March Garden Guide

gillnurseryMonthly Garden Guide12 Comments

Lawn Care

Weed Control
  • Spot treat existing weeds growing now with new, OMRI-certified organic Captain Jack's Deadweed Brew or Horticultural Vinegar, treating only the weeds. Either of these will burn all plant foliage.  
  • To prevent weeds, apply Hi Yield Grass and Weed Stopper or Weed Beater Complete to help control existing weeds and prevent new ones.
  • Apply Weed-B-Gon for Southern Lawns or Image to kill the existing weeds once our weather warms up to 70-80 degrees with no rain for about 5 days. They are safe for Floratam & Raleigh St. Augustine and Bermuda. Give them 2 weeks to fully work and then it should be time to fertilize the lawn.
  • Fertilize when the grass is actively growing. Apply organic Medina Growin Green or Milorganite to your lawn. Water in well (approximately 30 minutes per area). These organic fertilizers will feed your lawn and soil with minimal watering. Lay new sod anytime, bermuda seed anytime this month.

Read: Treat For Take-All Patch in Lawns

Watch: How to Collect a Grass Sample


Most annuals and perennials can now be purchased as transplants this month. Here is a list of some of our favorites: (L-R) caladiums (plants and bulbs), larkspur, petunias, salvia, gerbera daisy, alyssum, false heather, celosia, lantana, coleus.

Read: Fuel For Your Hungry Hummers

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Vegetable Seeds

Beans, okra, radish, pumpkins, and watermelons, squash, cantaloupe, basil, corn

Vegetable Transplants

Tomatoes, peppers, cucumbers, squash, eggplant, and strawberries
Garden Guide: Vegetable Planting Dates

Hardy Trees, Shrubs, Vines, Grasses

All hardy and tropical trees, shrubs, vines and grasses. I can’t think of one that can’t be planted now!

Bulbs & Caladiums

Late spring and summer bulbs such as caladiums, and elephant ears


March is a great time to clean, trim, and feed your houseplants. As the sun becomes stronger, plants may require more waterings. Check more often. Consider repotting in Spring. Over Winter, houseplant roots can outgrow their existing pots.



    Fertilize organically with Maestro Gro-Rose Glo or Espoma Azalea Tone.


    Fertilize all hibiscus and tropical bloomers organically with Maestro Gro-Rose Glo, or conventionally with Hibiscus Food.


    Fertilize organically with Milorganite, Medina Growin Green, Plant Tone, or Hasta Gro. 


    Fertilize organically with Medina Growing Green, Hasta Gro, Maestro Rose Glo, or Plant Tone, or conventionally with Osmocote Time Release Granules.


    Fertilize organically with Maestro Rose Glo or Plant Tone.


    Fertilize organically with Citrus Tone.
    Read: Fertilize Your Citrus Now

All granular fertilizer should be watered in well.


  • All dead and freeze damaged wood from hardy and tropical trees, shrubs, vines and perennials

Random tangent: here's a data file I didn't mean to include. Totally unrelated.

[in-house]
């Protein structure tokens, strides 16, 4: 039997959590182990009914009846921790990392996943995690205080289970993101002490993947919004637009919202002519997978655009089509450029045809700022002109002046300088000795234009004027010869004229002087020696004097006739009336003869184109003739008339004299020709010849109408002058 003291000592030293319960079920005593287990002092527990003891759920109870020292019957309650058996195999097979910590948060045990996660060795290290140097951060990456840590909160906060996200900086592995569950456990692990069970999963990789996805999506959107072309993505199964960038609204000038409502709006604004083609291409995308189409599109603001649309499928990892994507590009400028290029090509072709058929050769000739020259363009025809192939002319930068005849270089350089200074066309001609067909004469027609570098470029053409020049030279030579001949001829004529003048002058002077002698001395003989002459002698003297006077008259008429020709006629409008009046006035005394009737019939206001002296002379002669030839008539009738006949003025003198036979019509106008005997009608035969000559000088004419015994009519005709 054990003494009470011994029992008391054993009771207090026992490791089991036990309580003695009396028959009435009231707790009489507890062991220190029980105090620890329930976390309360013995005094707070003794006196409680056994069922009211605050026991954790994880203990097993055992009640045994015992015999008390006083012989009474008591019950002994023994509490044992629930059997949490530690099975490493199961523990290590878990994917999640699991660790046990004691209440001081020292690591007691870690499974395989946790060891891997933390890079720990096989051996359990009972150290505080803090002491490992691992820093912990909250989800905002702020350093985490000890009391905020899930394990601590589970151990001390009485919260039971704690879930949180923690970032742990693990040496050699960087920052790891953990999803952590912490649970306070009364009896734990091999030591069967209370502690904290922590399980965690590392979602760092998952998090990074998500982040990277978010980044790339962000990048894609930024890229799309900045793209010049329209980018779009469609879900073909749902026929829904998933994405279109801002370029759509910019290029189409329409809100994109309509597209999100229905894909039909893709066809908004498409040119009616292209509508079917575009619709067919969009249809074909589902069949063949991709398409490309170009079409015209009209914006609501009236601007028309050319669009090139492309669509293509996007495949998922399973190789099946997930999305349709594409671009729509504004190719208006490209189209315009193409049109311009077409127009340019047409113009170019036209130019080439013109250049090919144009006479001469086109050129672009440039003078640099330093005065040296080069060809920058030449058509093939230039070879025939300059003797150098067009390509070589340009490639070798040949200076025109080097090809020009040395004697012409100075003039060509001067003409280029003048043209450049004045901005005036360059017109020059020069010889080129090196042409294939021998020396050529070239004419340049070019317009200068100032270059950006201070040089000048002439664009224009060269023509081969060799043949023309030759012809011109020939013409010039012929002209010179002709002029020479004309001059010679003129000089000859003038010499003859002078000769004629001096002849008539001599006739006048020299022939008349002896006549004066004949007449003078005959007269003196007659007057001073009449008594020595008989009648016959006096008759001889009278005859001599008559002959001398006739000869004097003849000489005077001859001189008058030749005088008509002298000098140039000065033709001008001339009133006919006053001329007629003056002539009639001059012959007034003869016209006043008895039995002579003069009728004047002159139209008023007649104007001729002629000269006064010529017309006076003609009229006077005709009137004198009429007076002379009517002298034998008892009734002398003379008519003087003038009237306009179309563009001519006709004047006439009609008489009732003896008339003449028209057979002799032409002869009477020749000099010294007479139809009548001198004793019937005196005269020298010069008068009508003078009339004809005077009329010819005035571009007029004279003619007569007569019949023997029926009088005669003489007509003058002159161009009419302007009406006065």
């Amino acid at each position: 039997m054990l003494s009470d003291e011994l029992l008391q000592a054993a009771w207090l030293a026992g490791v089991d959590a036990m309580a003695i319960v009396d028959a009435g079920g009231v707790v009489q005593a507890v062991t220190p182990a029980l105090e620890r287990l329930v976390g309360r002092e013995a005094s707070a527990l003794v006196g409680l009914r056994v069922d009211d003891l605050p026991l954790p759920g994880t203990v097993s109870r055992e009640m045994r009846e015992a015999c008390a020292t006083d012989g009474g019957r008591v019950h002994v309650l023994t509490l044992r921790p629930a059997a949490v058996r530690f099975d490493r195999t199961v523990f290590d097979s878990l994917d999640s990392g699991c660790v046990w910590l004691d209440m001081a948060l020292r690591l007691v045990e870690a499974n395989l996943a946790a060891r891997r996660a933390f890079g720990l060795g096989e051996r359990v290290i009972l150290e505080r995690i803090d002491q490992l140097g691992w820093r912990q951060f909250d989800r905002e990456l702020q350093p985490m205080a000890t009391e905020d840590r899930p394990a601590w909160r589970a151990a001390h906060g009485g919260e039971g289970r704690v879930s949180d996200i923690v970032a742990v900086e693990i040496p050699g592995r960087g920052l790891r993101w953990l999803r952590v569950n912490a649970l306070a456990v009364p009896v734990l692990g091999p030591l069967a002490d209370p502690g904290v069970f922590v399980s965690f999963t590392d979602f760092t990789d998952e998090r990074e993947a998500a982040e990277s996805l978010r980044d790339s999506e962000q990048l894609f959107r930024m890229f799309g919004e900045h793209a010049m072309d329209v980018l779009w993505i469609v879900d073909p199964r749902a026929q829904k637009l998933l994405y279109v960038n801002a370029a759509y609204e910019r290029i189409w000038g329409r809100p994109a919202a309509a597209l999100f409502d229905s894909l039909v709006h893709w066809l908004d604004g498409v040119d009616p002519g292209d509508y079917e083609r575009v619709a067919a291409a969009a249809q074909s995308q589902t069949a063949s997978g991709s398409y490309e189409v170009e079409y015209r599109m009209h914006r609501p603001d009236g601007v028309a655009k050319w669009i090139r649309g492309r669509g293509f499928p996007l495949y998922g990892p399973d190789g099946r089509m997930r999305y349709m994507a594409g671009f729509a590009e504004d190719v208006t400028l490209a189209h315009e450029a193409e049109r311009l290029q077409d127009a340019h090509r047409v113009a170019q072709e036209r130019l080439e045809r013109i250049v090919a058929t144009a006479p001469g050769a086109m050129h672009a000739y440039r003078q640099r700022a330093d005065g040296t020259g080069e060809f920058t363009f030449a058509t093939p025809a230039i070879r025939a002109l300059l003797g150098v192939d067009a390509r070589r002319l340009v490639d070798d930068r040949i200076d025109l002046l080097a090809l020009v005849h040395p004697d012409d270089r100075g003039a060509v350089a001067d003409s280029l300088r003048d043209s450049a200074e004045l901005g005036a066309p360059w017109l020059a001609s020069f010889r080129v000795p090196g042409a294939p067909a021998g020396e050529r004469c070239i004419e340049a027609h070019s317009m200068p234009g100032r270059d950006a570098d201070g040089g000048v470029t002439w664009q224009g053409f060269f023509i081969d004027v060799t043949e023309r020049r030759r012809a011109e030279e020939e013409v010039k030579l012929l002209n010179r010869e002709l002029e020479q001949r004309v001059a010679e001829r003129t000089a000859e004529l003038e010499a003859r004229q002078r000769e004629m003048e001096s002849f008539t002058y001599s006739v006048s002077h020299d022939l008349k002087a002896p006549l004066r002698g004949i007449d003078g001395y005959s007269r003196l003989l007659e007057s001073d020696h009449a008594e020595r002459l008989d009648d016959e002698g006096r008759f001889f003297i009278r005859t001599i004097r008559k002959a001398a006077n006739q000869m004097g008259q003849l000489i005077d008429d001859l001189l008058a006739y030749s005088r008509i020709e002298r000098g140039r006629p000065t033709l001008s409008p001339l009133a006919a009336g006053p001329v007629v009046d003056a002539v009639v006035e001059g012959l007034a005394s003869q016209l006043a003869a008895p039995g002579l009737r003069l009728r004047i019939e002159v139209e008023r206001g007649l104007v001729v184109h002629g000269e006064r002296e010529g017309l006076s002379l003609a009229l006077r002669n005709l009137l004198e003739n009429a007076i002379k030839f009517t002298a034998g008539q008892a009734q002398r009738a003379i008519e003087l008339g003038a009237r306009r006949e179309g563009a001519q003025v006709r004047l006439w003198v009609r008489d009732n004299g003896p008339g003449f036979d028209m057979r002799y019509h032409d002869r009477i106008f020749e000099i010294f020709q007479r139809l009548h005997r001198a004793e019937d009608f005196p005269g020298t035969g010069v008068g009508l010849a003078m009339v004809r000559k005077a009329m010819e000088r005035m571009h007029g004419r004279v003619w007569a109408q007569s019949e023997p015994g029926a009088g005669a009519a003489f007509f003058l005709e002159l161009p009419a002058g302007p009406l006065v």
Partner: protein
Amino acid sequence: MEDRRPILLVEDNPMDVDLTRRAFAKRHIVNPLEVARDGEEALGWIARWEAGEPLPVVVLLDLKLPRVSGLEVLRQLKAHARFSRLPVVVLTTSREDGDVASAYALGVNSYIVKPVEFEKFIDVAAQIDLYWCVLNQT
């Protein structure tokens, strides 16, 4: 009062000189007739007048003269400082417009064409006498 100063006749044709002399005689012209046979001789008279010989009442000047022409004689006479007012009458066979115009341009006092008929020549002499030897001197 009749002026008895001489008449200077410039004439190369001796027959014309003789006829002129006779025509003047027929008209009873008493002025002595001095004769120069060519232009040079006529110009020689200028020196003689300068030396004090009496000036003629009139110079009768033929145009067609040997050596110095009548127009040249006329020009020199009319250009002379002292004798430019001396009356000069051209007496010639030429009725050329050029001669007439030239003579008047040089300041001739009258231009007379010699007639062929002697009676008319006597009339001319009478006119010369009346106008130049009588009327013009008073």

• Wait to prune early spring bloomers like Azaleas, Carolina Jessamine, climbing roses, Texas Mountain Laurels, and Indian Hawthorn until after they finish their bloom.


  • Water all plants well after planting, and regularly through the first year. Plants will begin to use more water as they grow and bloom.
  • Outdoor potted plants dry out quickly, as do hanging baskets and small annuals.
  • Mulch all plants to help hold moisture.

Garden Guide: Good Water Practice for Established Trees, Shrubs, and Lawns

Protect your Lawn from Oak Leaves

Live oaks are following their natural pattern of dropping old leaves before the new leaves come on. Now it’s time to get those oak leaves off your lawn before it suffocates the grass. Under large oaks, since the grass is often thin and stressed anyway because of shade, using a blower is less stressful on the weak turf than a rake.

12 Comments on “March Garden Guide”

  1. Thank you for the great reminders. I always look forward to reading about products and schedule suggestions for application. Brenda Hutchens

    1. There aren’t enough Shumard oaks in our area for me to be intimately acquainted with their time to bud, But for sure, everything is late this year. Winter was not too harsh, but the clouds and cool weather have stayed around way longer. Whenever they bud this year, it is not the typical time.

  2. Have a large group of azaleas along about 110′.
    What is the best mulch to keep the moist in warm weather and keep the weeds out.
    They receive the afternoon sun.

    1. Azaleas in afternoon sun doesn’t sound like a happy situation to me, but maybe the best mulch would be pine straw. You can put it on nice and thick, without suffocating the roots

  3. Following the freeze our very large esperanzas have begun developing dark spots on their lower trunks that seem to be oozing. A scratch test show some green underneath but it is pale and shreds easily. Will they recover? Thank you so much.

  4. We have ivy on all of our fences which has turned brown due to the freeze, should we trim it or just leave it alone to see if it will come back, no new growth so far.

    1. might as well trim closer to fence, so if it regrows that high theres less dead to cover. If it sprouts lower down, then remove dead up top

  5. I purchased my Esperanzas from you a few years back. There have been years when they were prolific bloomers and some not so often. This past June during Covid, they were extraordinary. I took it that all the rain we had prior was the reason all the plants in the area were flowering so beautifully.

    Then the great freeze. They are already without leaves and then I start scratching different spots trying to find some green. I couldn’t find any even down at the main trunk area. I cut them down. Is it possible they may still be able to make a come back?

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